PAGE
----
Martin Lobatos must be a really good driver, because he passed his driver’s test with an above-average score when he was supposedly on the verge of catatonia.
Lobatos and his wife, Belen Luna Lobatos, have both entered guilty pleas, after being indicted by a grand jury, in what appears to have been over a year long workers’ compensation scam. The couple live in Aurora, Denver. They are accused of stealing $120,000 worth of workers’ compensation funds from Pinnacol Assurance. Eventually, a private investigator was hired and Lobatos was placed under surveillance. However, before this happened, Martin Lobatos led doctors and the insurance company down a road of twists and turns.
Martin was working as a roofer. On September 29, 2008, he fell six to ten feet from a ladder, face first, causing him to briefly lose consciousness — although that’s in dispute. He was taken to Vail Valley Medical Center, where he was diagnosed with a wrist fracture, two broken ribs and a closed head injury that caused a small abrasion and some swelling. A CT scan on his head and neck came back negative, and he was discharged from the medical center the same day he was admitted.
Lobatos filed a workers’ comp claim on September 30. After returning to work full-time on October 21, he began complaining of headaches, dizziness, vertigo, and blurred vision. An MRI on October 28 didn’t show any reason for these symptoms, but he claimed that they persisted. A doctor who examined him in April 2009 couldn’t find any medical reason for his continuing issues. This doctor determined that Lobatos had reached maximum medical improvement (MMI) and assigning him what the indictment describes as a “zero-percent impairment rating.”
Lobatos was terminated from his job that same month (April) and subsequent to him declining to accept a $20,000 settlement from Pinnacol Assurance in September 2009, Lobatos started to complain of new symptoms, including dizziness, memory loss, difficulty recognizing his own children, inability to use stairs without help, pain caused by eating, chewing, bright lights, and the weather. Lobatos was quite convincing and a second physician rejected his predecessor’s findings, determining that the MMI ruling was premature.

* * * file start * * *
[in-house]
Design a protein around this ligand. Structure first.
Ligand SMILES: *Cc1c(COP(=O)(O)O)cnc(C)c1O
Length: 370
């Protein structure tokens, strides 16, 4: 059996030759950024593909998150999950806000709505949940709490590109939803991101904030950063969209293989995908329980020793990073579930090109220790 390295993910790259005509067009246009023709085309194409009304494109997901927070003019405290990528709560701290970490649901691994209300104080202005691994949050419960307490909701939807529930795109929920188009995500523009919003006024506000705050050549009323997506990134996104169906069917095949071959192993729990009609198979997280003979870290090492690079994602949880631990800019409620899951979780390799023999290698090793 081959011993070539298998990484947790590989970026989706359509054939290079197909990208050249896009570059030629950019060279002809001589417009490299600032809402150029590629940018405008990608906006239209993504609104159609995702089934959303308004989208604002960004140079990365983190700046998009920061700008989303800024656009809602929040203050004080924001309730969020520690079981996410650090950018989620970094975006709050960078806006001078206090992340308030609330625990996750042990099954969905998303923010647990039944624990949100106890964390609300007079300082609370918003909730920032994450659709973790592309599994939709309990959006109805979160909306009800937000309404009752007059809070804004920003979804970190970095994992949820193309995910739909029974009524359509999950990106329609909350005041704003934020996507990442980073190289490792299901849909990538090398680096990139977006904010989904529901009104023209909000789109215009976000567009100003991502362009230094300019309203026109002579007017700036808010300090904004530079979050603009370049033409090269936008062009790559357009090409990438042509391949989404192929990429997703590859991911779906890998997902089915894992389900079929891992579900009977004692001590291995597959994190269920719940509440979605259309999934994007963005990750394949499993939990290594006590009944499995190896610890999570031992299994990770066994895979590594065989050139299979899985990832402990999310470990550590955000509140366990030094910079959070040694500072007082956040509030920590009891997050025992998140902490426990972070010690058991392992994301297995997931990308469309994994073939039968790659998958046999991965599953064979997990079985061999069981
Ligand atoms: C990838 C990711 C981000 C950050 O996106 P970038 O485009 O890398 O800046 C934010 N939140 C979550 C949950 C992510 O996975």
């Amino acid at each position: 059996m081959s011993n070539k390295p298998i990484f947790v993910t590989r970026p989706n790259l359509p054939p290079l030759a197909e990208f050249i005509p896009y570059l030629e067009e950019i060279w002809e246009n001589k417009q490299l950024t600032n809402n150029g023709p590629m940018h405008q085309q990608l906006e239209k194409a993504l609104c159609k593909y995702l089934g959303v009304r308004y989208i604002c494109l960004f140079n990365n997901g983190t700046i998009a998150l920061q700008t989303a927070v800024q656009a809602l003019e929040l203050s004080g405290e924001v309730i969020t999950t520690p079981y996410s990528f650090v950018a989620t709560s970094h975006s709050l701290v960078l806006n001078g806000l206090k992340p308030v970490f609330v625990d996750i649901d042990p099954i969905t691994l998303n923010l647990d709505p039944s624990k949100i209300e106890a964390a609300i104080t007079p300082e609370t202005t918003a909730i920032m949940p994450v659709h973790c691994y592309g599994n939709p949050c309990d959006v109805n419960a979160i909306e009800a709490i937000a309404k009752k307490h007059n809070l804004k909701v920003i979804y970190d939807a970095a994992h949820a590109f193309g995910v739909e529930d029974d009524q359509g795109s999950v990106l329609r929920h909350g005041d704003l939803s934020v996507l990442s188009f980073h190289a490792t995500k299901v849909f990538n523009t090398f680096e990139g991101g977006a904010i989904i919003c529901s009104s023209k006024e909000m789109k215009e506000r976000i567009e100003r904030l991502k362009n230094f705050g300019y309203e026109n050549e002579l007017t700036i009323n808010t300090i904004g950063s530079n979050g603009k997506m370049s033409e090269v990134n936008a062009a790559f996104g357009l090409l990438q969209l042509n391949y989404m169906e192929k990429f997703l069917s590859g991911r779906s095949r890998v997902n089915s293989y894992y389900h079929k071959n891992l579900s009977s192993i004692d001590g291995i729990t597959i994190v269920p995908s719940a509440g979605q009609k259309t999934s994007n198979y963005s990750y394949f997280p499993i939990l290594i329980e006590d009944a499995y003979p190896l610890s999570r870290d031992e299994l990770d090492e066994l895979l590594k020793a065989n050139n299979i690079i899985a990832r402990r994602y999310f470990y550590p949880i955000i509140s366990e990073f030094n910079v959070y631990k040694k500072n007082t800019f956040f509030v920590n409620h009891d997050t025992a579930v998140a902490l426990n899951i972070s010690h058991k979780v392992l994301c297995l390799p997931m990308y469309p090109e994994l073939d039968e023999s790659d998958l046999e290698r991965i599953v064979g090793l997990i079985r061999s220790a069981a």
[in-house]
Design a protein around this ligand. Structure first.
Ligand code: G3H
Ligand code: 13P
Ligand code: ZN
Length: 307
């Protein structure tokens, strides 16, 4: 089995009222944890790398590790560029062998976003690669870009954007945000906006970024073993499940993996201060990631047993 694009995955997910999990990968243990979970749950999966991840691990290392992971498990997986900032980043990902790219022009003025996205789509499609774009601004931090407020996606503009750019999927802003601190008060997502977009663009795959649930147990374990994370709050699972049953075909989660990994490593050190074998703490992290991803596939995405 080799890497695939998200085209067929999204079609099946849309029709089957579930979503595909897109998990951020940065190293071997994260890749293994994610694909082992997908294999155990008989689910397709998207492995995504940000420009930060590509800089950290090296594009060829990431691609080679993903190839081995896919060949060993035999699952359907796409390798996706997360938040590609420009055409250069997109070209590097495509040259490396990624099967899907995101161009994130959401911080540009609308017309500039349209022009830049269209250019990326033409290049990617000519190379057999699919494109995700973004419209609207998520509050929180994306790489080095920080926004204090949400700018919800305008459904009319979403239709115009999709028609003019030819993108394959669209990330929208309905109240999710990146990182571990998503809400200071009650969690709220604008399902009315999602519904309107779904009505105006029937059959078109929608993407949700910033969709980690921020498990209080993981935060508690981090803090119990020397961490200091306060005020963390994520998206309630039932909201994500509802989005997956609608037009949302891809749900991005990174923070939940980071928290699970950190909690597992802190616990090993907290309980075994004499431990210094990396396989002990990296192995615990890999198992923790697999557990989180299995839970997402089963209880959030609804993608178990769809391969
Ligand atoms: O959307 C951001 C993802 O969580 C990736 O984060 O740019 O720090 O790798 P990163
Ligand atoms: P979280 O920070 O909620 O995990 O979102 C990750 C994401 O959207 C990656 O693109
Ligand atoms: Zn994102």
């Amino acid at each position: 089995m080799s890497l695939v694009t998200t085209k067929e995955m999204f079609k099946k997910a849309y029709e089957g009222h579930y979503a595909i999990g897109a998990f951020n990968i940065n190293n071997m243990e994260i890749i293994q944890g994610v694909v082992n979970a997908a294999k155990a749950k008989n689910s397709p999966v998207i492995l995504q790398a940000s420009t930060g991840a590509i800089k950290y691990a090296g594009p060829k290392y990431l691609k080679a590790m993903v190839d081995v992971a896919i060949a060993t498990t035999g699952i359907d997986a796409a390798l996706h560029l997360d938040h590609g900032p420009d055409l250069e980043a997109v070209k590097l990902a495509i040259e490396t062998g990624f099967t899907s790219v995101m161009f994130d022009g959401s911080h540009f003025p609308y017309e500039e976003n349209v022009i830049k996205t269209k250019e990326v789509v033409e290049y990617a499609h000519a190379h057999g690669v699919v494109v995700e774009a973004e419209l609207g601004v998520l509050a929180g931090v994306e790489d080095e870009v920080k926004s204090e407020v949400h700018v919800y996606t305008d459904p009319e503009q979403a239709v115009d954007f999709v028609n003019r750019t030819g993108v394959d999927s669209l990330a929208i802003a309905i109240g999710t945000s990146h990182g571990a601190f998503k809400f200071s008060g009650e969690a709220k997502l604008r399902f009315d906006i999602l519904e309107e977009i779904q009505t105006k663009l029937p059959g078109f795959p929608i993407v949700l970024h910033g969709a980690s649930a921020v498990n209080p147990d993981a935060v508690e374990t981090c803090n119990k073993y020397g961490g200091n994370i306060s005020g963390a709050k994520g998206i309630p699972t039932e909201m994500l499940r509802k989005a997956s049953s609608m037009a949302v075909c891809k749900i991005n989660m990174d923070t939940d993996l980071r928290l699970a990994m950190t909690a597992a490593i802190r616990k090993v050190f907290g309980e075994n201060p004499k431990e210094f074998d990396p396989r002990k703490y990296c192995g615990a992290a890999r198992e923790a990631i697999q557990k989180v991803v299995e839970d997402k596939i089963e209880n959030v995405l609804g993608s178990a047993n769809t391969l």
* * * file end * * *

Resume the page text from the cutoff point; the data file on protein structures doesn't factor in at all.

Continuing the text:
In October, Martin, accompanied by his wife, began seeing a medical professional of their choice, Dr. Edwin Healey, and the list of maladies expanded again to include personality changes, inability to drive and suicidal thoughts. Healey determined that his patient was “totally and permanently disabled,” and Martin did his best to prove it. By March 2010, he presented himself as being catatonic. He was immobile and unresponsive behind a pair of dark glasses, only occasionally rousing himself to offer guttural sounds and random body movements.
Pinnacol Insurance agreed to pay the Lobatos $4,000 per month for in-home care, supplemented by thousands more in total temporary disability payments. However, in December 2009, before and after doctor appointments where he outlined disabling issues, he took and passed a driver’s test – both the written exam and eye test.
In February 2011, he was placed under surveillance. He was seen visiting a transmission repair shop, a ranch supply store, a Wal-Mart, a western wear store, a food store, a restaurant, and a church. He was also spotted in his backyard overseeing the construction of a shed.
The surveillance videos of these activities were shown to Belen following two more appointments in which she continued to insist that Martin remained in a nearly vegetative state. According to the indictment, she claimed that he had good days and bad days — and admitted skipping over the good ones.
Martin has now pleaded guilty to theft and making a false statement on a workers’ comp claim — violations that could earn him up to a $750,000 fine and as many as twelve years in prison for the theft charge alone. Belen entered a guilty plea regarding theft and a false workers’ comp statement and could face a maximum $500,000 fine and six years behind bars.
As part of the plea agreement, the Lobatos have agreed to pay Pinnacol Assurance $160,000 in restitution.